Objective: To evaluate whether chorioamnionitis is associated with decreased Bayley II scores at age 2 years.
Methods: We conducted an observational cohort study of women and their offspring enrolled in the Eunice Kennedy Shriver National Institute of Child Health and Development's Maternal-Fetal Medicine Units Network multicenter, randomized controlled trial of magnesium for cerebral palsy prevention in pregnancies at high risk for early preterm delivery. We included nonanomalous singleton gestations and excluded pregnancies missing outcome or exposure data. Our primary exposure was chorioamnionitis, defined by the clinical diagnosis of chorioamnionitis and a maternal fever greater than 100°F. Our primary outcome was a Bayley II Mental Developmental Index score less than 70 or Psychomotor Developmental Index score less than 70 assessed at age 2 years. We also assessed Mental Developmental Index or Psychomotor Developmental Index score less than 85. We conducted bivariate analyses and fit a log-linear regression model, adjusting for related to Mental Developmental Index or Psychomotor Developmental Index score less than 70 or less than 85 with a detectable effect size estimated at a relative risk of 1.5 or greater.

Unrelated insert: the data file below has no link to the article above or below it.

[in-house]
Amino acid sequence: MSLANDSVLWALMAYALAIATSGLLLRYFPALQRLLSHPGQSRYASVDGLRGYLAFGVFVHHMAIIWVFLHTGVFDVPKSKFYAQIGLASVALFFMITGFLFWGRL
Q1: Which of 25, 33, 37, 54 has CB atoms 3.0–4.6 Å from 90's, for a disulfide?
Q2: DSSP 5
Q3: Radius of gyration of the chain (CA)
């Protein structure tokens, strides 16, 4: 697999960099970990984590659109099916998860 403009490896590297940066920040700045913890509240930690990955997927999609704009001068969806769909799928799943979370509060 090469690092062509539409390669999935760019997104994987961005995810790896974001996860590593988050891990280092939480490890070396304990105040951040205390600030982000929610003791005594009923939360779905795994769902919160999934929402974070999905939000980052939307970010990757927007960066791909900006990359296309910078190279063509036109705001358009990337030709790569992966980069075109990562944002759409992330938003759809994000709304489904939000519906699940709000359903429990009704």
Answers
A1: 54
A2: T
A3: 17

Results: Of 1,574 patients in our analysis, 194 (12%) had chorioamnionitis and 1,366 (87%) had preterm premature rupture of membranes. The mean gestational age at delivery was 29 3/7 weeks. There were no significant differences in Mental Developmental Index score less than 70 (37 [19.1%] compared with 233 [17%], P=.45) or Psychomotor Developmental Index score less than 70 (29 [15%] compared with 195 [14%] P=.76) for children born to mothers with or without chorioamnionitis, respectively. After adjusting for confounders, there remained no difference in the proportion of abnormal scores in either group. However, neonates diagnosed with sepsis were found to have significantly decreased Mental Developmental Index scores.
Conclusion: Exposure to chorioamnionitis was not associated with neurocognitive defects as measured by abnormal Bayley II scores.